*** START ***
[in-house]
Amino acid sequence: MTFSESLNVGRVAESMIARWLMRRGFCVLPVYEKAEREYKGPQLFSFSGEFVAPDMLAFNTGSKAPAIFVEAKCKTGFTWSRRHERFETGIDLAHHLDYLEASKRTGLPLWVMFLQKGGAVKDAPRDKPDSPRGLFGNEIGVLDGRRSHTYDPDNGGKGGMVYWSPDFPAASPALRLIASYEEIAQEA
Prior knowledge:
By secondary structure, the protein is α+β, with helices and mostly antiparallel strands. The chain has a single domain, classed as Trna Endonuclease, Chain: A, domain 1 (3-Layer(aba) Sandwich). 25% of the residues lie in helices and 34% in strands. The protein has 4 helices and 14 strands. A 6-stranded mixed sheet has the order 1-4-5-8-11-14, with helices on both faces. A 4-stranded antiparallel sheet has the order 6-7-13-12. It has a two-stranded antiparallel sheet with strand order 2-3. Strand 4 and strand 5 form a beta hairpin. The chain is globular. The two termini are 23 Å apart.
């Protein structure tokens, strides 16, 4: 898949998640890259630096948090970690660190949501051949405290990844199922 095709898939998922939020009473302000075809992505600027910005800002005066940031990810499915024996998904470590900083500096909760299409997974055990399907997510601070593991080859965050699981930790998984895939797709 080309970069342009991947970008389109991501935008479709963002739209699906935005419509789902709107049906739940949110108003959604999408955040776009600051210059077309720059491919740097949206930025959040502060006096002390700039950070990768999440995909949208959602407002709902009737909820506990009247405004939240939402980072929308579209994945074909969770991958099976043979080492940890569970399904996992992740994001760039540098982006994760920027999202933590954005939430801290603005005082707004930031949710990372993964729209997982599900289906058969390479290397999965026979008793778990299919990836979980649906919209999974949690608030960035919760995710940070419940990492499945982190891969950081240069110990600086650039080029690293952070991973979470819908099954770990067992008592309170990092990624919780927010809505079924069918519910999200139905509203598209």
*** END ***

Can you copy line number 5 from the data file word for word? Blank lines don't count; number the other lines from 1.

């Protein structure tokens, strides 16, 4: 898949998640890259630096948090970690660190949501051949405290990844199922 095709898939998922939020009473302000075809992505600027910005800002005066940031990810499915024996998904470590900083500096909760299409997974055990399907997510601070593991080859965050699981930790998984895939797709 080309970069342009991947970008389109991501935008479709963002739209699906935005419509789902709107049906739940949110108003959604999408955040776009600051210059077309720059491919740097949206930025959040502060006096002390700039950070990768999440995909949208959602407002709902009737909820506990009247405004939240939402980072929308579209994945074909969770991958099976043979080492940890569970399904996992992740994001760039540098982006994760920027999202933590954005939430801290603005005082707004930031949710990372993964729209997982599900289906058969390479290397999965026979008793778990299919990836979980649906919209999974949690608030960035919760995710940070419940990492499945982190891969950081240069110990600086650039080029690293952070991973979470819908099954770990067992008592309170990092990624919780927010809505079924069918519910999200139905509203598209």